Italy’s divorce rate shoots up by 60 percent during pandemic

Italy’s divorce rates are increasing dramatically in the COVID pandemic period, as a country that has been considered to have a low rate of divorce has been in extreme difficult. Is it because spouses who are used to only spending nights and weekends together were faced with the reality of a “full-time marriage” for the first time in their relationship, or because the pandemic has raised anxiety and concern about the future?

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The news is a consistent source of entertainment, knowledge and discovery that never ceases to exist and always comes out with more and more material each day. Because it plays such a vital part in our lives and is so important to keep up with, it is without a doubt a piece of your everyday routine that can’t go ignored.

Whether it is to understand the ramifications of recent legislation passed, to hear about recent events and grasp the potential consequences to your country, or simply hear about what is happening in other countries in order to compare them to what’s happening in yours, the news is certainly a staple in our lives and the most consistent way to get information.

This is why Scrambled Eggs has decided to unite two of your biggest worlds: learning English and keeping up with what is happening in the world. We hope our challenging daily exercises, composed of listening, vocabulary and comprehension exercises in English, will satisfy both of those above worlds in a satisfactory and also entertaining way.

So enough about introductions, let’s get to today’s Learn English with the News topic:

Adapted from this article.


Italy divorce | Fill in the blank

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Full text:

“This is Scrambled Eggs news

Divorces have spiked in Italy mainly due to “forced coexistence” under lockdown, say lawyers.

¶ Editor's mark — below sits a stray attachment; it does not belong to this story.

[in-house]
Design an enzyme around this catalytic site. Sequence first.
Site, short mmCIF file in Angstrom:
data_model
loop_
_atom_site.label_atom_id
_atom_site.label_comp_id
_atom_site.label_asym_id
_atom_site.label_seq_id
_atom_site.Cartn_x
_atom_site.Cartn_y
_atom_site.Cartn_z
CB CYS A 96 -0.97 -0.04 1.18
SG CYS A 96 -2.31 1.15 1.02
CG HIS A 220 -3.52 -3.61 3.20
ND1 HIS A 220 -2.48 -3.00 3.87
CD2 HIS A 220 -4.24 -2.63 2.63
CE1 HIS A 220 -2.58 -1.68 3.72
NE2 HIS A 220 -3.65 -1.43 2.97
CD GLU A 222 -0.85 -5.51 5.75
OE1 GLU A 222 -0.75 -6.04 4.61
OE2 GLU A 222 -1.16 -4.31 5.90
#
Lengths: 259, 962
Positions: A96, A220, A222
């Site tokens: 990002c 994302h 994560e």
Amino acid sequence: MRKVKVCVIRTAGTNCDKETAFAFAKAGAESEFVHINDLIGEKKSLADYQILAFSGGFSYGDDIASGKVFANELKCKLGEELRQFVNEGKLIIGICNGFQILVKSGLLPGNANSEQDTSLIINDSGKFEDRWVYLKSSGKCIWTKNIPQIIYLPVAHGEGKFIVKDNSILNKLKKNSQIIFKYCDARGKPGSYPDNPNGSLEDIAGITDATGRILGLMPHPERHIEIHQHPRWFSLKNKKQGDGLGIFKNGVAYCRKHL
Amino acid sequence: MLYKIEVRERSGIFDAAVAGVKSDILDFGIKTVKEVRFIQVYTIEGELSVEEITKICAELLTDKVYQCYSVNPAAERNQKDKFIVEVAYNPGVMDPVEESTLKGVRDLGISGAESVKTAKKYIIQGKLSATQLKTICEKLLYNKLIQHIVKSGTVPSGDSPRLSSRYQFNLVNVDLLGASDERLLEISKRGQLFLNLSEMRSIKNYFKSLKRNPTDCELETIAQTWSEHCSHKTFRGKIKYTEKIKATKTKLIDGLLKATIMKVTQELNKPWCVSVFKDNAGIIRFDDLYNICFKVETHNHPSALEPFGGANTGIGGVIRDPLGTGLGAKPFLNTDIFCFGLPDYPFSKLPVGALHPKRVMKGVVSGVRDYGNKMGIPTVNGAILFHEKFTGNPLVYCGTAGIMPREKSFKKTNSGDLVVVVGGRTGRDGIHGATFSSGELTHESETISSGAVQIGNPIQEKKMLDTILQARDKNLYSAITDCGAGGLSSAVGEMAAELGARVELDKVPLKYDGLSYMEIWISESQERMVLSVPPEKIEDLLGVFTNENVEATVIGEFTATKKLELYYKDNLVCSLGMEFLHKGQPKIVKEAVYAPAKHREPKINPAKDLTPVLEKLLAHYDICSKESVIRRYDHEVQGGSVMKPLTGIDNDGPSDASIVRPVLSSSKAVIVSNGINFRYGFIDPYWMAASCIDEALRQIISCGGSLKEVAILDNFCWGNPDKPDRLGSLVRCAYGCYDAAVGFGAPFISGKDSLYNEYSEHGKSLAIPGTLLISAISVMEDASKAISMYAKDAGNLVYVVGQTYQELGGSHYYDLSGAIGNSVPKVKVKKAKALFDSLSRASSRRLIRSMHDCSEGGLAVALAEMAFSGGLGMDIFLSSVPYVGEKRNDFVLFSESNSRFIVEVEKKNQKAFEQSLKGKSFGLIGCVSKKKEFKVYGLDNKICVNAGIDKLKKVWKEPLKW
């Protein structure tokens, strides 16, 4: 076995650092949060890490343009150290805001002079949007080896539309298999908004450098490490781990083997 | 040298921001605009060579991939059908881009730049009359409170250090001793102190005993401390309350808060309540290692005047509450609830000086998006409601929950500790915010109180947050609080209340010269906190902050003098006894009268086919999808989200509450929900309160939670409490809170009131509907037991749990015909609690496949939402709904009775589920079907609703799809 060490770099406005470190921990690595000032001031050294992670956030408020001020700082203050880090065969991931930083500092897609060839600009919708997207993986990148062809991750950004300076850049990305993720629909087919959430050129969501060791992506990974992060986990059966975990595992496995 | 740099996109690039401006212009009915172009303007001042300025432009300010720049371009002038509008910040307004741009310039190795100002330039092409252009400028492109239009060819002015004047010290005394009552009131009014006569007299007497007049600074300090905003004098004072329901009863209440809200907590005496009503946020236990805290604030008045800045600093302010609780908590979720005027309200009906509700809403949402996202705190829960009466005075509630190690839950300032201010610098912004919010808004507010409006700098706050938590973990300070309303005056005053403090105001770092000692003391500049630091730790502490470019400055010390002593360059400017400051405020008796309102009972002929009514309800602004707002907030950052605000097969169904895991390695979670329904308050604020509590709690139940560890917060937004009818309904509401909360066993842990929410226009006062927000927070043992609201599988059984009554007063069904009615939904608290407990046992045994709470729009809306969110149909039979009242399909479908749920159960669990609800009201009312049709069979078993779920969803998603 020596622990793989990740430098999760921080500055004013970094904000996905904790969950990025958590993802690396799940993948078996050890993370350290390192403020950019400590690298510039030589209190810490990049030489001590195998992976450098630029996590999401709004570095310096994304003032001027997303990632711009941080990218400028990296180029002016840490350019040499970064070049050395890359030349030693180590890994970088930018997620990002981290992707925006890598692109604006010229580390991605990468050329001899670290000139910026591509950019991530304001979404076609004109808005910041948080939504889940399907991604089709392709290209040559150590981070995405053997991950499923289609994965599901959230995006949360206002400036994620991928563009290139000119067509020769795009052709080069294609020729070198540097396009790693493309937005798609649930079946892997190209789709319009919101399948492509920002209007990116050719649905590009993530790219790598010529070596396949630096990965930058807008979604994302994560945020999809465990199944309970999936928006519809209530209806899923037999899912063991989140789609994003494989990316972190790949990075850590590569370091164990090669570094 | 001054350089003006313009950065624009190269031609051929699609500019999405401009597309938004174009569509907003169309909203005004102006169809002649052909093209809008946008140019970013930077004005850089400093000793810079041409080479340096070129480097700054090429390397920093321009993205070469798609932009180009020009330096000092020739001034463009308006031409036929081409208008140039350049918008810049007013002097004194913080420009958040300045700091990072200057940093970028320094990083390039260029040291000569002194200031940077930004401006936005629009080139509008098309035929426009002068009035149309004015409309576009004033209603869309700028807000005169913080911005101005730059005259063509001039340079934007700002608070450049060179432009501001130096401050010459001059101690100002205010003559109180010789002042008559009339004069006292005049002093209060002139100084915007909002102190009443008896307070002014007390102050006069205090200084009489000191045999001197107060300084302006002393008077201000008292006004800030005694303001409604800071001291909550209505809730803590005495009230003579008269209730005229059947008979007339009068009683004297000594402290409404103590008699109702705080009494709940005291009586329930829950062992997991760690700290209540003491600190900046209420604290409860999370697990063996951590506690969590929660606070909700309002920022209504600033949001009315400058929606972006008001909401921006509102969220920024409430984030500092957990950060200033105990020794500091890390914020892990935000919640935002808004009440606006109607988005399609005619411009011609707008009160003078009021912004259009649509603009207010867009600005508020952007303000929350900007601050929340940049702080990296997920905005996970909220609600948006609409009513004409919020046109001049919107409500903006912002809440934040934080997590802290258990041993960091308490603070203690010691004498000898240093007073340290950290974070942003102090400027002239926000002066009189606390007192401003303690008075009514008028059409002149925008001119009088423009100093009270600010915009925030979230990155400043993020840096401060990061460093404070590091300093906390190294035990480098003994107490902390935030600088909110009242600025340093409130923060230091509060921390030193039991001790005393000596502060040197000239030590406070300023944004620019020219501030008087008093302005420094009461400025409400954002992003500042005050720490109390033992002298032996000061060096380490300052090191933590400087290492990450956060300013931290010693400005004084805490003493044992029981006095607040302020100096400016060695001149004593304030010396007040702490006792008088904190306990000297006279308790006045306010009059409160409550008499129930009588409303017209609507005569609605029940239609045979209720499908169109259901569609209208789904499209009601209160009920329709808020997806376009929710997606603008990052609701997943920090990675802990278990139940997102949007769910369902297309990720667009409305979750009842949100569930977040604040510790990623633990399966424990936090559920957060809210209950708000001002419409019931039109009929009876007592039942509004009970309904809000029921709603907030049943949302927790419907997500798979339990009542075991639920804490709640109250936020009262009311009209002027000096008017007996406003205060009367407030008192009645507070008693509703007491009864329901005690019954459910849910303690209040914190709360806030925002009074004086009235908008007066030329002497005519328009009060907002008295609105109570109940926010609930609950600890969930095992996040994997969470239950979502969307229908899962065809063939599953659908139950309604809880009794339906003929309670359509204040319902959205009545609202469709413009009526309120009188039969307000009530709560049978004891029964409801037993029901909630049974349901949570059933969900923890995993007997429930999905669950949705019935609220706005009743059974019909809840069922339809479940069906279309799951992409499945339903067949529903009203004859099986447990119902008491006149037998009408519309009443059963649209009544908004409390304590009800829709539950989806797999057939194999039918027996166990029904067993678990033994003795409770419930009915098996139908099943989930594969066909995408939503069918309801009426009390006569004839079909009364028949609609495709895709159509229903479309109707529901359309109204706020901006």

The divorce rate in Italy increased by 60% in 2020, according to Italy’s National Divorce Association (l’Associazione nazionale divorzisti italiani)

In 40 percent of cases, the divorces were due to the fact that lockdown made it more difficult to hide infidelity and “double lives,” lawyers said.

Another 30 percent of separations were due to domestic violence, and the remaining 30 percent were listed as relating to other causes.

“It’s one thing to share weekends and evenings but another to share the whole day, with all the problems related to the health emergency: health stress due to illness, lack of work, living with children with difficulties related to distance learning,” said lawyer Matteo Santini said.

“This causes an emotional explosion that creates the desire and request for separation.”

As with many sets of statistics in Italy, there was a notable difference between the north and south of the country.

There were more than twice as many separations recorded in the north in 2020, with 450 per thousand couples in the north, and 200 in southern Italy.

Italy, where more than 80 percent of people describe themselves as Catholic, has long had one of Europe’s lowest divorce rates, with only Ireland, Slovenia, and Malta reporting lower figures.

Divorce numbers in the country however increased dramatically in 2015 after the enactment of legislation making it easier and quicker to end failed marriages.

Several Italian studies have confirmed that the pandemic and subsequent economic crisis is having a major impact on families, with national statistics agency Istat finding that Italy’s already record-low birth rate was decreasing even further due to “the climate of fear and uncertainty and the growing difficulties linked to employment and income generated by recent events.”

This is Adam signing off for Scrambled Eggs News”

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